Hygienic design – what is it?

 When you are standing in the kitchen, it is a matter of course keeping a high degree of cleanliness when cooking. We do of course do the dishes, either by hand or by use of a dishwasher, and the result should hopefully be that our kitchen is so clean and sterile that we remain healthy.


While the cleaning is relatively simple at home, it is otherwise complicated in the industry. Partly because all cleaning is carried out by the use of liquids, which is pumped through the system and partly because the result cannot be inspected visually. Both factors impose high demands in terms of design and operation and if you are not sufficiently attentive, it can lead to downright disasters. Most recently, things turned out disastrously in 2014 when contaminated rolled meat sausage (a very common kind of cold cut meat) lead to multiple deaths.


To ensure maximum cleanability for the equipment is called “hygienic design”. Ideally, everything should be able to be cleaned without any problems, but this is, unfortunately, almost never the case. The different requirements of functionality, cleanability and the actual construction of the equipment will automatically point in different directions. You can rarely construct the equipment ideally in terms of functionality at a reasonable price. Hygienic equipment therefore often entails compromises. Naturally, these should be as few and limited as possible and be pointed out in the operational manual.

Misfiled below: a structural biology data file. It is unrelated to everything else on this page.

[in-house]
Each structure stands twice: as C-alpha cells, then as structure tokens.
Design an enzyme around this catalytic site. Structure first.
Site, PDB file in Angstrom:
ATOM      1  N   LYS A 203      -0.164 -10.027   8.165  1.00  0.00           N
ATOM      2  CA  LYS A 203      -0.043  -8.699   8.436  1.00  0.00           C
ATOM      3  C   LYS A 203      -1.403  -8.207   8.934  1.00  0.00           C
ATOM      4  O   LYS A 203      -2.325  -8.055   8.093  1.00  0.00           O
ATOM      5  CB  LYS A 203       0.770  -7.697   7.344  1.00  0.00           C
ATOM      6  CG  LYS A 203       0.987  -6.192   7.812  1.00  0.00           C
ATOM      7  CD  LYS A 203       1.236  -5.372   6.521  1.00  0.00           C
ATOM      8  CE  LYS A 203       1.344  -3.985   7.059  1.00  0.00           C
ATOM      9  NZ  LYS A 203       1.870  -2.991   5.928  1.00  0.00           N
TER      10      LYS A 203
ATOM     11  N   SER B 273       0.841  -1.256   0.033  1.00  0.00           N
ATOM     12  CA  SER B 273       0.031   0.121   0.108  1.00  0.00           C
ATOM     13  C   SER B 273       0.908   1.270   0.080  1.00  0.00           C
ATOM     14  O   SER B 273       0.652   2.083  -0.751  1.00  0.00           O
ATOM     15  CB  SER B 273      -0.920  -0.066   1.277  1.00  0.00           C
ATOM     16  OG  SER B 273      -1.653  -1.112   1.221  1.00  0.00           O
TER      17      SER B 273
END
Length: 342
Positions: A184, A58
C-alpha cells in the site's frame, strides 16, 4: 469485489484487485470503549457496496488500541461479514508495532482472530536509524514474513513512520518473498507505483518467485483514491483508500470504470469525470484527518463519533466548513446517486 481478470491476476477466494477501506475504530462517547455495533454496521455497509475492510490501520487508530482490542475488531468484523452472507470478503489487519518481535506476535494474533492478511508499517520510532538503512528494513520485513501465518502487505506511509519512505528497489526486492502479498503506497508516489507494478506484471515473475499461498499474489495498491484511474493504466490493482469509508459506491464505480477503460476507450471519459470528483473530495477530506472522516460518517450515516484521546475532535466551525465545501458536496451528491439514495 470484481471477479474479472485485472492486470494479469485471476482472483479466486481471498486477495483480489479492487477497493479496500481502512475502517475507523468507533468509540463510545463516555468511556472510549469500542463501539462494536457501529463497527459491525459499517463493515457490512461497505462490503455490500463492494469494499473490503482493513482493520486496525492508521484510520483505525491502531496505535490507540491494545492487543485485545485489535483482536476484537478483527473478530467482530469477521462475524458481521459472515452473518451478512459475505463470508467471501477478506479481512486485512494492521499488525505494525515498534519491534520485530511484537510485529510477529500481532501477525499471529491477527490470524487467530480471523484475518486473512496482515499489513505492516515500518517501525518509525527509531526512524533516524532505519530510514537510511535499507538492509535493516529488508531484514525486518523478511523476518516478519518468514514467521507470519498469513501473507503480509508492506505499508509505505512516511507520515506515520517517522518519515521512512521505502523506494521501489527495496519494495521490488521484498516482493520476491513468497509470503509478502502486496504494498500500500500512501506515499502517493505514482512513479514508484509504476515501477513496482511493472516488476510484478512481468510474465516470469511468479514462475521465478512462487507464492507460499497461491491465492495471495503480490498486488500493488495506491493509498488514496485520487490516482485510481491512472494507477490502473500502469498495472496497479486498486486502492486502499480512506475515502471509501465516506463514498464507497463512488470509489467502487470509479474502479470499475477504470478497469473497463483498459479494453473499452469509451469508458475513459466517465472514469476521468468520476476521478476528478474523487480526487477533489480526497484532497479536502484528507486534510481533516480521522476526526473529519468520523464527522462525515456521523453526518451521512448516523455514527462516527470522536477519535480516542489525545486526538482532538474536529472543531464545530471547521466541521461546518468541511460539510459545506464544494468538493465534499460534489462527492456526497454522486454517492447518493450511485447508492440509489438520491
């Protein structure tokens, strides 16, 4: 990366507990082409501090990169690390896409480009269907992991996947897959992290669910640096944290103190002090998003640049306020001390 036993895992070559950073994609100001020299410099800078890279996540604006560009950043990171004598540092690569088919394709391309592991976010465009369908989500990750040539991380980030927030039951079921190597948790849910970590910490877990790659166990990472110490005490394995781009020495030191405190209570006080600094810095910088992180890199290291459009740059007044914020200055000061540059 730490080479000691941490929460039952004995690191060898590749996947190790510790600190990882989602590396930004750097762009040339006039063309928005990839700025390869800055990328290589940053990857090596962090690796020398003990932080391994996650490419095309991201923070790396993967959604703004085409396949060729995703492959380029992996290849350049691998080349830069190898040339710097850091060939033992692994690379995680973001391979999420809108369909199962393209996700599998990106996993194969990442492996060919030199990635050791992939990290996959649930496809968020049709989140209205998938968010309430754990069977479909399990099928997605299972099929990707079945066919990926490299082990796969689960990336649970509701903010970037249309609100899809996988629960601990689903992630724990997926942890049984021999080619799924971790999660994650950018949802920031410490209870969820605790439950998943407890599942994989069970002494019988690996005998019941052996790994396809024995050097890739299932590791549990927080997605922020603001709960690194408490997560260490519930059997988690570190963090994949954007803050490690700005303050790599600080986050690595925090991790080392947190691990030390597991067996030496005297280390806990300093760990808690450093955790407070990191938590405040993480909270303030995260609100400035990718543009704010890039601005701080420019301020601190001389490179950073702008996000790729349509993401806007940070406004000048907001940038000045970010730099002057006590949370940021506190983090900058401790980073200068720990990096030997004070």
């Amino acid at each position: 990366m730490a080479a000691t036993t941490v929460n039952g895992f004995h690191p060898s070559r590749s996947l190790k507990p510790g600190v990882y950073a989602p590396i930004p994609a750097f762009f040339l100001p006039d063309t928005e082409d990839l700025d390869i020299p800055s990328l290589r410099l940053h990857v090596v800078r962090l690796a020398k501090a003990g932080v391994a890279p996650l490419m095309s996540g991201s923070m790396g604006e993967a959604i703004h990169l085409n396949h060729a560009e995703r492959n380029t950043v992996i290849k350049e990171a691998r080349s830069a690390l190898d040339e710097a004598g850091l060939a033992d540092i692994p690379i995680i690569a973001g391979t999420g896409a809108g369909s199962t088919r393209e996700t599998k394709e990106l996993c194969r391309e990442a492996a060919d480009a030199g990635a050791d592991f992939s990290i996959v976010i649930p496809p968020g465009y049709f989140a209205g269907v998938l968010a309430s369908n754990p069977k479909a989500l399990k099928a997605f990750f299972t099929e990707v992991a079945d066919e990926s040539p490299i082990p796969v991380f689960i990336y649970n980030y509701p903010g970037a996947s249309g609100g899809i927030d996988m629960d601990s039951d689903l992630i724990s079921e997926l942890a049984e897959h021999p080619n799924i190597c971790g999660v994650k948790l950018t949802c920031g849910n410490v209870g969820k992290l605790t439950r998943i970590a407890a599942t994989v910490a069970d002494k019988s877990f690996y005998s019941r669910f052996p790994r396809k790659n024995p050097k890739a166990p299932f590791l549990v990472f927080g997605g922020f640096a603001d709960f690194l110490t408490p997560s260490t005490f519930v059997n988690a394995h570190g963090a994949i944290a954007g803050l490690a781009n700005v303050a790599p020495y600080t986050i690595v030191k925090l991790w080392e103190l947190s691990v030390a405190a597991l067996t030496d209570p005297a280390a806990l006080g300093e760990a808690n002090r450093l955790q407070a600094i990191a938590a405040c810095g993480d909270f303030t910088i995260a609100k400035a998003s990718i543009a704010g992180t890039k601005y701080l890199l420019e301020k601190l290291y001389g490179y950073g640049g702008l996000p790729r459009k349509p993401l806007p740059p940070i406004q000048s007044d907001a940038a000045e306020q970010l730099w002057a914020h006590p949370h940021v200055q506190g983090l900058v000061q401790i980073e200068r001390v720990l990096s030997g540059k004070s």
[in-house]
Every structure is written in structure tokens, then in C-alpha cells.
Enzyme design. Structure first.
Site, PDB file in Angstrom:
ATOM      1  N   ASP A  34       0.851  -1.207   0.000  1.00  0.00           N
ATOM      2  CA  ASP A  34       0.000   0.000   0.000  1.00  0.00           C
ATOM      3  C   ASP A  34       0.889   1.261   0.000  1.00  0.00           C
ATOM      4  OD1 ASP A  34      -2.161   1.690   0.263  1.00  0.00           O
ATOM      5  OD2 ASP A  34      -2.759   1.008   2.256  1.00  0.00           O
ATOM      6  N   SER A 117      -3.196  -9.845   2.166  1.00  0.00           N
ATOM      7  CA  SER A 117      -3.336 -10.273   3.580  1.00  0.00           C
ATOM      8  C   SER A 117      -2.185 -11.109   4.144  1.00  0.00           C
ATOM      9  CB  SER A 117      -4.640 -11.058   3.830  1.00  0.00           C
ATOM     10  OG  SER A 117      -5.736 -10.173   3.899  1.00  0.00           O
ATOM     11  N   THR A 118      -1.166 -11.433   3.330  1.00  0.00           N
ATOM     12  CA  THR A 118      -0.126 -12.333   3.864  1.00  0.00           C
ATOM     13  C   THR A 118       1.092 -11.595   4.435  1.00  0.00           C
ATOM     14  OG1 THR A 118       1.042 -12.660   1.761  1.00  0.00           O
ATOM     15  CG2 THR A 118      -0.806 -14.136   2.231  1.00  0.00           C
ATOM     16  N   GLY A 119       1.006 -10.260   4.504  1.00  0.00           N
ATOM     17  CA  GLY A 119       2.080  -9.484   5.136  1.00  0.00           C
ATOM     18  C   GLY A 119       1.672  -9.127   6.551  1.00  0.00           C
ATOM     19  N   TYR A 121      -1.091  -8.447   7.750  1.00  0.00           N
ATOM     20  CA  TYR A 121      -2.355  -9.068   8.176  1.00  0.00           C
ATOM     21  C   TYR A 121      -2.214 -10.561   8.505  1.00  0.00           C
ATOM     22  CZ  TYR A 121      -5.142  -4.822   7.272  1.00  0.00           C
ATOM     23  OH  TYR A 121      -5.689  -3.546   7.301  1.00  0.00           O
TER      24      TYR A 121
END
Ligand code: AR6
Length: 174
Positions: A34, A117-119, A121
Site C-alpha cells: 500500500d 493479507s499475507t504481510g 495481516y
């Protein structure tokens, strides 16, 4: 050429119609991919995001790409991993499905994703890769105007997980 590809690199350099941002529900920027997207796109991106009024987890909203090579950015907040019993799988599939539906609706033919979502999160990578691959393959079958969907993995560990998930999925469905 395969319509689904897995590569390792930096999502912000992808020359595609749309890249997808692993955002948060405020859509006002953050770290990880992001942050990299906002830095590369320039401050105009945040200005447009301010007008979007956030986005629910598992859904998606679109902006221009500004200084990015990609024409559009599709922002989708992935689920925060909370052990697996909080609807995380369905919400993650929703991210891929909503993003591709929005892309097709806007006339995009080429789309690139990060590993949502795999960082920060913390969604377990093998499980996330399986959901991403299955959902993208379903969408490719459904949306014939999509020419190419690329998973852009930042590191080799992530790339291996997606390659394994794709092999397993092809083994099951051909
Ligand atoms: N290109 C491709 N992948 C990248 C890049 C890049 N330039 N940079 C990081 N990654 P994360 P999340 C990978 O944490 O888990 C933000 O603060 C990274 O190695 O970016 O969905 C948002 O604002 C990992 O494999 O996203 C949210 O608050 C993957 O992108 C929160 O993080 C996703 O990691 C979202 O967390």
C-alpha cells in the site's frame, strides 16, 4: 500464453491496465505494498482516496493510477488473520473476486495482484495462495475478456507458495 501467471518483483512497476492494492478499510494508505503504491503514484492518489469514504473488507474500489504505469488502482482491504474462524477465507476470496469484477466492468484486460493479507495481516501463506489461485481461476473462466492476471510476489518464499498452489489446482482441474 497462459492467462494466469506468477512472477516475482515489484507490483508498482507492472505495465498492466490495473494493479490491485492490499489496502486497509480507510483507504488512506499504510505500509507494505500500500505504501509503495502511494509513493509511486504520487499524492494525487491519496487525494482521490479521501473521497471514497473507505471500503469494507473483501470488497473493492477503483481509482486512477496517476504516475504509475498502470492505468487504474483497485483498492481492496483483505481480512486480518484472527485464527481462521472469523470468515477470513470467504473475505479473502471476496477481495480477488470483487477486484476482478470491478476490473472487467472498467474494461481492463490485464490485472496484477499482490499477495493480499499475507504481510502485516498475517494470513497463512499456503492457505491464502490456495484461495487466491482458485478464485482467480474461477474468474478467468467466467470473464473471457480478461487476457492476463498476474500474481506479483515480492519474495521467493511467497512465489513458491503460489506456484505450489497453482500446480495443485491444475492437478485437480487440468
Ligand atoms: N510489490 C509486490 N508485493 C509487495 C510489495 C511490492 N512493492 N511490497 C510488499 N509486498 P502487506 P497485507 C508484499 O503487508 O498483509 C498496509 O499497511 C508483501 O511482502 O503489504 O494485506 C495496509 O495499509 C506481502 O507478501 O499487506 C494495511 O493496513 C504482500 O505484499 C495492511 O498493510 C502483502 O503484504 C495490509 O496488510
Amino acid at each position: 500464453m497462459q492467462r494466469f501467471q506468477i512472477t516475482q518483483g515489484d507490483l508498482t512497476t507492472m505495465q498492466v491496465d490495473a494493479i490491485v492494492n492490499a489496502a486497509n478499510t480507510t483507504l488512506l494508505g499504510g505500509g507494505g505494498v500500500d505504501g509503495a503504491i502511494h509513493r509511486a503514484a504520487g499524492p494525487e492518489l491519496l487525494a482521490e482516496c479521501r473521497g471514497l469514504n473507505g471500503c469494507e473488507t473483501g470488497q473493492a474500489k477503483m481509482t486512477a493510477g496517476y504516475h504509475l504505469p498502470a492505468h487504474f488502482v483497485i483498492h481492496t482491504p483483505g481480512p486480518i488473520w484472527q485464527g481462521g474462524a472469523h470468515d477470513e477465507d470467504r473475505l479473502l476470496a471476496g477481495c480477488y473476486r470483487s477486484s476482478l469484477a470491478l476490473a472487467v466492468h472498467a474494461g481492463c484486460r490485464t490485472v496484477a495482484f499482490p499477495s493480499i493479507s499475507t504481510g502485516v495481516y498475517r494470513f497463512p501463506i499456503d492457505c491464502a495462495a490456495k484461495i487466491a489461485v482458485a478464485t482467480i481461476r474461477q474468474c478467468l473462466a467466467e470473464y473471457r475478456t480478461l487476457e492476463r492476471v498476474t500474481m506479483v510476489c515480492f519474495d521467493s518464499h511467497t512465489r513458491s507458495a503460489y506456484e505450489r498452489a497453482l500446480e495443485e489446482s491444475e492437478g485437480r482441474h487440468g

The ideal hygienic design depends on both materials, products and operations but you can come a long way by using your common sense. Two general “rules” are that there in all tanks and tubes should be ensured good drainability and all surfaces should be smooth without any crevices. Moreover, both things are good for the corrosion resistance of the steel – which truly kills two birds with one stone. There is often a correlation between good hygiene and good corrosion resistance.